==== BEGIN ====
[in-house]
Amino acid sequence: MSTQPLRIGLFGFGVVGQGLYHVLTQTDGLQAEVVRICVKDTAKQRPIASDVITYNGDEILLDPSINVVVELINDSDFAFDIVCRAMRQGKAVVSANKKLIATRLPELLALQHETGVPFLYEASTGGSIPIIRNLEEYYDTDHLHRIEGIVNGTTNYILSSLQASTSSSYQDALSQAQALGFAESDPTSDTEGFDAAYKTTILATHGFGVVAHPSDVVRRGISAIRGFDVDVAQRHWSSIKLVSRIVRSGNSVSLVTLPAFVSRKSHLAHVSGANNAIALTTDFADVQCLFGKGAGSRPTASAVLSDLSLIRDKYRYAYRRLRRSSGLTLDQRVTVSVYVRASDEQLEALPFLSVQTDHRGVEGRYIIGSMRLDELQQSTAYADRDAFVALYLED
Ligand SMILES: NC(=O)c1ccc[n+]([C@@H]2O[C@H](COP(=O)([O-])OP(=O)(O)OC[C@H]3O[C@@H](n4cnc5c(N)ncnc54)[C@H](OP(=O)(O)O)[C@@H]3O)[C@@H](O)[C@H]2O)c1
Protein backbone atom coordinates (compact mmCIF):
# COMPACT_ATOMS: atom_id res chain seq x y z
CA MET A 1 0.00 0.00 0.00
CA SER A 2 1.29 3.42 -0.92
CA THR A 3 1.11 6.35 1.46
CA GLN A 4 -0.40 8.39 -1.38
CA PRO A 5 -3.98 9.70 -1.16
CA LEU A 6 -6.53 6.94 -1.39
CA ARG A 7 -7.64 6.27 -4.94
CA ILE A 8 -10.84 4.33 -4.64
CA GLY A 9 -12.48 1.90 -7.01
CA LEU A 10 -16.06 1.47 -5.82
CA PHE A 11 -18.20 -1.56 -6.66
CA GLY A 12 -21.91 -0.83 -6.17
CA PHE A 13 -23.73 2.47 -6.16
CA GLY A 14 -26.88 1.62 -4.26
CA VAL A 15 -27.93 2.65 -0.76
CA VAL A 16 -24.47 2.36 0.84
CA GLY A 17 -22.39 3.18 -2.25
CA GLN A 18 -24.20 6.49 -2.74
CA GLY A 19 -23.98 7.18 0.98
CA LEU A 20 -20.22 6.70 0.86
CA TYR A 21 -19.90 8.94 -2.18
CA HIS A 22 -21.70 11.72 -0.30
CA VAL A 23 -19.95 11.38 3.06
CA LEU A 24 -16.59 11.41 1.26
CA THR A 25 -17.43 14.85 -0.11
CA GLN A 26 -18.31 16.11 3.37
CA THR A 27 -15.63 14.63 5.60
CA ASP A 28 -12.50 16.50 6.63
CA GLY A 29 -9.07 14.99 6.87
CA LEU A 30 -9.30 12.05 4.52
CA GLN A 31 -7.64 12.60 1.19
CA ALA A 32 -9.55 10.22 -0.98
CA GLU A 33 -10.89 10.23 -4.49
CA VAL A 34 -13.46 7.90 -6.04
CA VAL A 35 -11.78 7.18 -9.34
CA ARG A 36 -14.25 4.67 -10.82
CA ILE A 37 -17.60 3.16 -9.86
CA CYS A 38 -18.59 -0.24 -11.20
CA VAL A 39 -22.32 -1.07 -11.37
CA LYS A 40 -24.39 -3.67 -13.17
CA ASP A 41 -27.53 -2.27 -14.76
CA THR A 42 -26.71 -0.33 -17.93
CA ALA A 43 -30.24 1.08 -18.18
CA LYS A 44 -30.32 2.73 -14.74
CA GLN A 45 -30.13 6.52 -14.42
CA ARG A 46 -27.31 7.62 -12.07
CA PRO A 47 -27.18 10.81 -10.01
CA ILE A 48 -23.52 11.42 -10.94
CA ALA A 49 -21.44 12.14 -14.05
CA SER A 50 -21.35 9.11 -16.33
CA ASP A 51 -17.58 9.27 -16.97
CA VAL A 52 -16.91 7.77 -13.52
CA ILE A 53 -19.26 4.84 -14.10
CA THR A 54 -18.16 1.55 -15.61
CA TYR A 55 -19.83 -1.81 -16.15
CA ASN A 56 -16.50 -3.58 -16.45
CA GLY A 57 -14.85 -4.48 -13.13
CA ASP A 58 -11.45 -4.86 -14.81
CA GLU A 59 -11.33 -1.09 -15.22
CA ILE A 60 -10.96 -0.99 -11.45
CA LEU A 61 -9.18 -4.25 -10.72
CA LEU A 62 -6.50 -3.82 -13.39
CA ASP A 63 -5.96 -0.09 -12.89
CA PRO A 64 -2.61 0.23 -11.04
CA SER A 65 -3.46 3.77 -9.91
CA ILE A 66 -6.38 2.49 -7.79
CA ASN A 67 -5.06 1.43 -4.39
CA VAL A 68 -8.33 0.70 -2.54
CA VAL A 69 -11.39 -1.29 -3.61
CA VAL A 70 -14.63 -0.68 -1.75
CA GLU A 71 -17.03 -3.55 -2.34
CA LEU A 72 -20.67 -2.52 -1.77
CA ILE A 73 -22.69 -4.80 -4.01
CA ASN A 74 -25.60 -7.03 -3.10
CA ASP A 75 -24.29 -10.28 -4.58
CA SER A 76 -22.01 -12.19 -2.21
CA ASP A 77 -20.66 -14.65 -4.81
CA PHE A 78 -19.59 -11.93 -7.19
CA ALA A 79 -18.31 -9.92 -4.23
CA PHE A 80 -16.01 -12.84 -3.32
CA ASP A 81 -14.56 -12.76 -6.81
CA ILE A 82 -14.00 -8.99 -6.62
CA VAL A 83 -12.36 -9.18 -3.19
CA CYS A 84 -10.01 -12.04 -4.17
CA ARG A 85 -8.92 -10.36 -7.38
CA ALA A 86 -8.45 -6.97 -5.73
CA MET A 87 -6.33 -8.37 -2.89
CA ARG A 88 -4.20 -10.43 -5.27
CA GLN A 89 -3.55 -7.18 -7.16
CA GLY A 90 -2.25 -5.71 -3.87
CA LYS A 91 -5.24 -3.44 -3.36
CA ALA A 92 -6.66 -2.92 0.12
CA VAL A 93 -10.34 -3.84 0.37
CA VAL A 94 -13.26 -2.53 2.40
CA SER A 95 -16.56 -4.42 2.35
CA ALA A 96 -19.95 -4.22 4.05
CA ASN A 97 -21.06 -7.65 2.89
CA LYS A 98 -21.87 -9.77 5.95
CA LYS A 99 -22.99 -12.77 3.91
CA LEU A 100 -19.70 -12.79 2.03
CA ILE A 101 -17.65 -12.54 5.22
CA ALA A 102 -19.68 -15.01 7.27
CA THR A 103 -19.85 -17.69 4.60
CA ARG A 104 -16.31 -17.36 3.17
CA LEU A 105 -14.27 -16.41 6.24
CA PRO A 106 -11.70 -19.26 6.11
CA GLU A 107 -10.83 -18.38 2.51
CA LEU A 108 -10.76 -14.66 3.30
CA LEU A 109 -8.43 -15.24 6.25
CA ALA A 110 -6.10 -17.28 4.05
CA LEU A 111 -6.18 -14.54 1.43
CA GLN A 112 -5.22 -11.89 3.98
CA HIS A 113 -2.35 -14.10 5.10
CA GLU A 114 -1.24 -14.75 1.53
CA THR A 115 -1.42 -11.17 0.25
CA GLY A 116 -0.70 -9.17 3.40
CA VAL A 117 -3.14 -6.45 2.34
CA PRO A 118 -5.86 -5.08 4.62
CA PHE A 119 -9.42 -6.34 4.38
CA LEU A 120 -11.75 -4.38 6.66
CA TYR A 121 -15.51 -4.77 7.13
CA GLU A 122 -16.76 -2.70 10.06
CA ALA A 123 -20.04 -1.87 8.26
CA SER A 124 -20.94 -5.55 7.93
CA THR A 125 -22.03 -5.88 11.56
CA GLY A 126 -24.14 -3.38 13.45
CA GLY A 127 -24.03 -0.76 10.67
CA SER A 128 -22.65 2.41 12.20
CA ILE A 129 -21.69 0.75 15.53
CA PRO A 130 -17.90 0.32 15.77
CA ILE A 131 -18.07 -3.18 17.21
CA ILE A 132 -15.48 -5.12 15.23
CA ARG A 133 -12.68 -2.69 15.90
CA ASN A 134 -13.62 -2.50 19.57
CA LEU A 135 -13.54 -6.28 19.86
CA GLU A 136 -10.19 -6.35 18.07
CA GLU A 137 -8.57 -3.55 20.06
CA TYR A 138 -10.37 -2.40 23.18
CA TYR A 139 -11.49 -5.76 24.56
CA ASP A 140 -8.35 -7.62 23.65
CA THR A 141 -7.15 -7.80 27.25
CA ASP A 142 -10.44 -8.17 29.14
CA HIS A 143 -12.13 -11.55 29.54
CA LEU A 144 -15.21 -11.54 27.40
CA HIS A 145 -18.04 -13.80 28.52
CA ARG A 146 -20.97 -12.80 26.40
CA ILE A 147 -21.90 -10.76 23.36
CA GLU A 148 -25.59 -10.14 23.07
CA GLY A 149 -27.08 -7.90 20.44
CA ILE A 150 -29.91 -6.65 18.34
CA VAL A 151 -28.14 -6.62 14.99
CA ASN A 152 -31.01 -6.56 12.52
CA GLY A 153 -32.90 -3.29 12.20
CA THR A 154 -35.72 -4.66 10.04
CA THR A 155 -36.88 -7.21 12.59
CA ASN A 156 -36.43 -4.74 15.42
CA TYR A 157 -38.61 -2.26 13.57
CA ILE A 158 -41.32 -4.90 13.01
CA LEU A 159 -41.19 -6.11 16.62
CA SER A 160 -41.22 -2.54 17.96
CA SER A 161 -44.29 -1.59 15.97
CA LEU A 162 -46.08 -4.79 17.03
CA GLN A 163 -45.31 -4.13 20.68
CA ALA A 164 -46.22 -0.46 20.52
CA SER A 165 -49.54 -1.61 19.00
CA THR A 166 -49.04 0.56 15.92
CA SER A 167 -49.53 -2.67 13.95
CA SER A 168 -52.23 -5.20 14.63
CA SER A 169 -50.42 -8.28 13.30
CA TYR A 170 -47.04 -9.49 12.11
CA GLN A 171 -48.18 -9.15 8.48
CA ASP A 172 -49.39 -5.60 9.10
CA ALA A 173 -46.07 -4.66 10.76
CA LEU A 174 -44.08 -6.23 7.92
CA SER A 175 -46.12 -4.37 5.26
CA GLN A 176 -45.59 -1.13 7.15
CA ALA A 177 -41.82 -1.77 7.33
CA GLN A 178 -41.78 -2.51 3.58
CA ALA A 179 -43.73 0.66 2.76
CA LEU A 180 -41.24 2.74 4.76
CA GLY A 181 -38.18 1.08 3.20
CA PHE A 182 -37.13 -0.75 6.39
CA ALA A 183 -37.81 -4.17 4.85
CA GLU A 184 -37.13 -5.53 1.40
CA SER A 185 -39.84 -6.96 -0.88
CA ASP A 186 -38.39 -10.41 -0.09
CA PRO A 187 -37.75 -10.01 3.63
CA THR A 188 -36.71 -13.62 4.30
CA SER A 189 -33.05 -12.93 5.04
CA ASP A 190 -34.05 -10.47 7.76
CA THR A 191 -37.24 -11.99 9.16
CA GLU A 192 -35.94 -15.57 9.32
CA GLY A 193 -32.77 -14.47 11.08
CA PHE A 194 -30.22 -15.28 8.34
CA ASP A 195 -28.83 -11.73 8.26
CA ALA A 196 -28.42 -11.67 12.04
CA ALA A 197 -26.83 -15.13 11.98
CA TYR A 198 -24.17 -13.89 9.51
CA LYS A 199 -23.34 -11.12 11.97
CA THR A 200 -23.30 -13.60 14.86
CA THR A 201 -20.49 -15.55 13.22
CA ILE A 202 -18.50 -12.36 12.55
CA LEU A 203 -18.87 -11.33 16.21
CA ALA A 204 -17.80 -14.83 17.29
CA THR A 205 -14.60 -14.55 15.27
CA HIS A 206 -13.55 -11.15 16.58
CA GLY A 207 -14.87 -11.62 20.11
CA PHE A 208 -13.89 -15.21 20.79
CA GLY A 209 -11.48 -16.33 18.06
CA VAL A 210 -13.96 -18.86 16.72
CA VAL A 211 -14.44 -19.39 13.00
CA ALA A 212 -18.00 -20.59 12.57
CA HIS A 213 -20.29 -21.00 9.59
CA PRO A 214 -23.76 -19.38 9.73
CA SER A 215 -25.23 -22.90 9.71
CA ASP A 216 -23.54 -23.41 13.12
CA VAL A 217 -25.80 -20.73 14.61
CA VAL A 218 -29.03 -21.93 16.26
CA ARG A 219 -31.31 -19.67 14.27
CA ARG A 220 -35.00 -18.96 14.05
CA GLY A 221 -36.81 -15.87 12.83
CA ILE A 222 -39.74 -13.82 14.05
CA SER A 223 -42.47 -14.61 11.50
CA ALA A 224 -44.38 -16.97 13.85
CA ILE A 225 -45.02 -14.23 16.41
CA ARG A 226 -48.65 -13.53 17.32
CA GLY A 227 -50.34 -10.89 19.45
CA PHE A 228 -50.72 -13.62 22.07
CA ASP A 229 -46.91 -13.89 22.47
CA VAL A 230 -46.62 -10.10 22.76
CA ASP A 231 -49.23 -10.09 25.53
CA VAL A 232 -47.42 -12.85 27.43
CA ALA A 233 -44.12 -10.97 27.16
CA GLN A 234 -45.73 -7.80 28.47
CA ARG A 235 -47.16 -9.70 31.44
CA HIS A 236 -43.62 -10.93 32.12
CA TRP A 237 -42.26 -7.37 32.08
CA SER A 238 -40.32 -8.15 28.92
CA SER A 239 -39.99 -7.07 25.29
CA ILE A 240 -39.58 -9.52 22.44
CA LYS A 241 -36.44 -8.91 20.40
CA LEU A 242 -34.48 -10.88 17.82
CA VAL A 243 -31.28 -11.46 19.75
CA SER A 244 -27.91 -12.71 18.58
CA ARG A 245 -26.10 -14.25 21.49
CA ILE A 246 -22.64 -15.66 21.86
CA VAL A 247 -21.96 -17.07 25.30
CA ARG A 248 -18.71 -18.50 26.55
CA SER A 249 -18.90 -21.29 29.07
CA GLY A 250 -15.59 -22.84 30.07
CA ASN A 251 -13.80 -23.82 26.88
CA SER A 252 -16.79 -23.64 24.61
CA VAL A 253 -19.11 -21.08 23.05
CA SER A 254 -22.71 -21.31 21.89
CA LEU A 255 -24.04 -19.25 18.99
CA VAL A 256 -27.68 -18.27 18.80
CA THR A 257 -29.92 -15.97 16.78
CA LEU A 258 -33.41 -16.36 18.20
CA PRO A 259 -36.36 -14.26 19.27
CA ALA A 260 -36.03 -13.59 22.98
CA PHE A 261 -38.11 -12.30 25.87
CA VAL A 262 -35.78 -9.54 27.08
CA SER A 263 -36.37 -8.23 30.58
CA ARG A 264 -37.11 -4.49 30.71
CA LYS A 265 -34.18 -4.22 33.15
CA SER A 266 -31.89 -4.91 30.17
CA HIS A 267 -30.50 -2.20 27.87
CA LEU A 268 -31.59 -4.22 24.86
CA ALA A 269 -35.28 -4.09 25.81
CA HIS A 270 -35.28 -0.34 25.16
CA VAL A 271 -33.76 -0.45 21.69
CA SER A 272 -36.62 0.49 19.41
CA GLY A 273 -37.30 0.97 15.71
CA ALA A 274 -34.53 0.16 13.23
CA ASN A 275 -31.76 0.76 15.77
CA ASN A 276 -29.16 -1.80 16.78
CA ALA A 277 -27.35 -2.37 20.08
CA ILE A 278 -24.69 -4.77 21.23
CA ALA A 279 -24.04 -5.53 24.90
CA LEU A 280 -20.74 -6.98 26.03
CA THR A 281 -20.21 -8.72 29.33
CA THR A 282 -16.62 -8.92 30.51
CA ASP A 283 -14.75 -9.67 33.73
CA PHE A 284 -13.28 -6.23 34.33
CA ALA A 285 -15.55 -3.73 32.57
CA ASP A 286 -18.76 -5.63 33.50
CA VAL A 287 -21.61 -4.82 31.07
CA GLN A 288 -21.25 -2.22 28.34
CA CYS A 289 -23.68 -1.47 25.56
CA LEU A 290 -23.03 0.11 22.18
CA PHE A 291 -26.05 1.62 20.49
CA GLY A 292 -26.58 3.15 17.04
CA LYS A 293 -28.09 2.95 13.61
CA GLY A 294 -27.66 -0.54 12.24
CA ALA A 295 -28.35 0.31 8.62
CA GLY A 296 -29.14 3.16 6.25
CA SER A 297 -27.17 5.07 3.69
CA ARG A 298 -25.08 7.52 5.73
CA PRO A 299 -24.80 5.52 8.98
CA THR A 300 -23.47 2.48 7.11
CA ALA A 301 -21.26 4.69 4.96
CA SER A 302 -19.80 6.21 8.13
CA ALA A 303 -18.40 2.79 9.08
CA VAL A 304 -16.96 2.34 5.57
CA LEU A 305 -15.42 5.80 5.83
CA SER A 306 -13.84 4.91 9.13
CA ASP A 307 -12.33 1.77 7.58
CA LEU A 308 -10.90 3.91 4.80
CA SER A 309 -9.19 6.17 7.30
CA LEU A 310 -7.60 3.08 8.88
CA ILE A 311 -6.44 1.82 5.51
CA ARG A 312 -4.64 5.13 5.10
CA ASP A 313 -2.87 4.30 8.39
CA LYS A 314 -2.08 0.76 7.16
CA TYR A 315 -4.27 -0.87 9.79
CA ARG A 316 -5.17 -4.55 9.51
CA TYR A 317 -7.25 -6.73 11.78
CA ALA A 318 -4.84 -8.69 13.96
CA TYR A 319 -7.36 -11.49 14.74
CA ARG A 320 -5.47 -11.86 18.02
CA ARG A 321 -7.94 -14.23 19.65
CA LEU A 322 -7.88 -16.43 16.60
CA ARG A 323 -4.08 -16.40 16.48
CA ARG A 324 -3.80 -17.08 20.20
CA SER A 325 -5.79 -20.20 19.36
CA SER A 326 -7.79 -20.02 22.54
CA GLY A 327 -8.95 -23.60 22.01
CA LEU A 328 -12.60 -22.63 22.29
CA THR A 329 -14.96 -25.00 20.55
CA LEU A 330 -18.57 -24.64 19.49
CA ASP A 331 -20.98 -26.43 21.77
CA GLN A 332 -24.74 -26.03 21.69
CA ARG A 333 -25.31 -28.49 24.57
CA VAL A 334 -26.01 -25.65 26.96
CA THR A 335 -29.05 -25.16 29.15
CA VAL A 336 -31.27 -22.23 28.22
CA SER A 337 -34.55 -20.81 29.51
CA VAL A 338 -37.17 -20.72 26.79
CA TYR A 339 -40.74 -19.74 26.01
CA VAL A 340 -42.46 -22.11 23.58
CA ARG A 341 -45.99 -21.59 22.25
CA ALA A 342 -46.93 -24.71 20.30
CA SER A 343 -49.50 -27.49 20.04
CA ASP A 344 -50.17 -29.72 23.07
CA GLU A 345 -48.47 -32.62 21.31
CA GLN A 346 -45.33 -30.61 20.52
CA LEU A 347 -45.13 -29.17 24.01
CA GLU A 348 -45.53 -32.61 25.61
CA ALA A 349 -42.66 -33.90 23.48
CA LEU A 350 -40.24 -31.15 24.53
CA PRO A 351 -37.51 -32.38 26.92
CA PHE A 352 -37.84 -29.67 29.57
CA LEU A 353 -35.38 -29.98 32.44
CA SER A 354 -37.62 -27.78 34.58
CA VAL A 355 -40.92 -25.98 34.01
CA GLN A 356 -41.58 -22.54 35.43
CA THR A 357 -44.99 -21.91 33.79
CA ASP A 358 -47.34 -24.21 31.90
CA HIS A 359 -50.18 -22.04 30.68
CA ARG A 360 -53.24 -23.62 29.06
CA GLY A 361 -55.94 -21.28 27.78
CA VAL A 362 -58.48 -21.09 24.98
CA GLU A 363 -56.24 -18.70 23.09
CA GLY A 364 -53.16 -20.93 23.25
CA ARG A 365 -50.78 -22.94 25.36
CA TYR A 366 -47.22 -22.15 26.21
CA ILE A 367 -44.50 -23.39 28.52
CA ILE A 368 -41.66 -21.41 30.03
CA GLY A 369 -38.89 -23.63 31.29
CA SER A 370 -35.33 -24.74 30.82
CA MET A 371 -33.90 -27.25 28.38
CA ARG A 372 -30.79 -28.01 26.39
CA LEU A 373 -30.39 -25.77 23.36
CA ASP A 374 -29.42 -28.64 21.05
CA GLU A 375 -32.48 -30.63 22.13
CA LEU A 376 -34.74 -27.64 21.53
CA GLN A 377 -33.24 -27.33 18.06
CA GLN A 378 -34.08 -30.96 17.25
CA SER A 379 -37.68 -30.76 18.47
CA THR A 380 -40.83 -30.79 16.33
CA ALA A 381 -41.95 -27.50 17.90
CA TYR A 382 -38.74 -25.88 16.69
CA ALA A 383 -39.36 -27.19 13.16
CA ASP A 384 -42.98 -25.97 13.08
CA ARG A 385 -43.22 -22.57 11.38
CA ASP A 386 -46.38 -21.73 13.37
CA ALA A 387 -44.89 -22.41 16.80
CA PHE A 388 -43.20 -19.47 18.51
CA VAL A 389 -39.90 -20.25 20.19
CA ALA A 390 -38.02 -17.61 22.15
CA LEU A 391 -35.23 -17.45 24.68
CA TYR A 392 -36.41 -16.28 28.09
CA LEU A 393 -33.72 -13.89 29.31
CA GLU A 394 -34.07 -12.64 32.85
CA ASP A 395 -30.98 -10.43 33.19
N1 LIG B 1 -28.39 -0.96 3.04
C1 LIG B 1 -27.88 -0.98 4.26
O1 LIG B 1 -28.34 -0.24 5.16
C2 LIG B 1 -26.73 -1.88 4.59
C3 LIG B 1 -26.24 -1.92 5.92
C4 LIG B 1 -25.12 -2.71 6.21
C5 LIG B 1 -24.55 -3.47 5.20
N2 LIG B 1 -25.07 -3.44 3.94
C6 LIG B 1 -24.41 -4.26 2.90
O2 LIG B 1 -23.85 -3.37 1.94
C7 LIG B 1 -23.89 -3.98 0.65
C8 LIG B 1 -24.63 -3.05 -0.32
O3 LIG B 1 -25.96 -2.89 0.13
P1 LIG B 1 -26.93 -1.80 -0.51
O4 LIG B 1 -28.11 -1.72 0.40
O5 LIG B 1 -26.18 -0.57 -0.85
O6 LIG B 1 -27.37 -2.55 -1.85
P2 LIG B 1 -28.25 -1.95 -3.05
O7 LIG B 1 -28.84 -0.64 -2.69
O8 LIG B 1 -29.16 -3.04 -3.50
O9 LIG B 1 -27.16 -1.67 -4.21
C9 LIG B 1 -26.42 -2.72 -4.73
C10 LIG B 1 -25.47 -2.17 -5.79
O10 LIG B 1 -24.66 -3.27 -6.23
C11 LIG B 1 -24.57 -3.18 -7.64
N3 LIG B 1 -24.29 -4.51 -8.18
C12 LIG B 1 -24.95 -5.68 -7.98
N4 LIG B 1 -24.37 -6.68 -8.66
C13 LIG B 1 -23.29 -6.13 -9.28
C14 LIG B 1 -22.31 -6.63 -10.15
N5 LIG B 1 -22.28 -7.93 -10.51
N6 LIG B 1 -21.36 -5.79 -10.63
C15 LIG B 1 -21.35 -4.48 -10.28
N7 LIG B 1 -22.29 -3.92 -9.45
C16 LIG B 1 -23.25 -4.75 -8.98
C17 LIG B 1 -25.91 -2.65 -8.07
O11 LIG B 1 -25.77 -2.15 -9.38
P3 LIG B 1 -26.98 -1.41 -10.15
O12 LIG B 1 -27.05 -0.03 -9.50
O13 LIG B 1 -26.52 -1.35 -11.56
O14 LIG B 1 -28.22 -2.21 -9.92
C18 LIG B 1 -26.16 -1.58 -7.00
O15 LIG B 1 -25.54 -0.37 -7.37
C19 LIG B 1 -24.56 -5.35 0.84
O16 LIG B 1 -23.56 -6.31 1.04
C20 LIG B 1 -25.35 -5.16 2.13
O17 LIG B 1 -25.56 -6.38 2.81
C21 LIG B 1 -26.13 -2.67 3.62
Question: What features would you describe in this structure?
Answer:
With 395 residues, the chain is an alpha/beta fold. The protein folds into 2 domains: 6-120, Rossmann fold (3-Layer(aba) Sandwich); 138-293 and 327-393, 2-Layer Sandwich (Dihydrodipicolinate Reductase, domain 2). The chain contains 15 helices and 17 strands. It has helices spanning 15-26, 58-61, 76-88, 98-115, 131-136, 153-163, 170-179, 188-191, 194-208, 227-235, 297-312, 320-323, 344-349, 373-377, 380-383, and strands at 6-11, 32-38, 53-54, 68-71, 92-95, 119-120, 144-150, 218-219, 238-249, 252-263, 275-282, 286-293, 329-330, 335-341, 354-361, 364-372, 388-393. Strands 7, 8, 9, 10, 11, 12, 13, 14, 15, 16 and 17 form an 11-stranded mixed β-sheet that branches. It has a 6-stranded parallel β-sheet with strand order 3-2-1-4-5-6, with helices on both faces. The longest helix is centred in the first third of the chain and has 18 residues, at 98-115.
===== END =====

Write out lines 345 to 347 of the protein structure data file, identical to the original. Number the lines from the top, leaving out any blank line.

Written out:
CA VAL A 340 -42.46 -22.11 23.58
CA ARG A 341 -45.99 -21.59 22.25
CA ALA A 342 -46.93 -24.71 20.30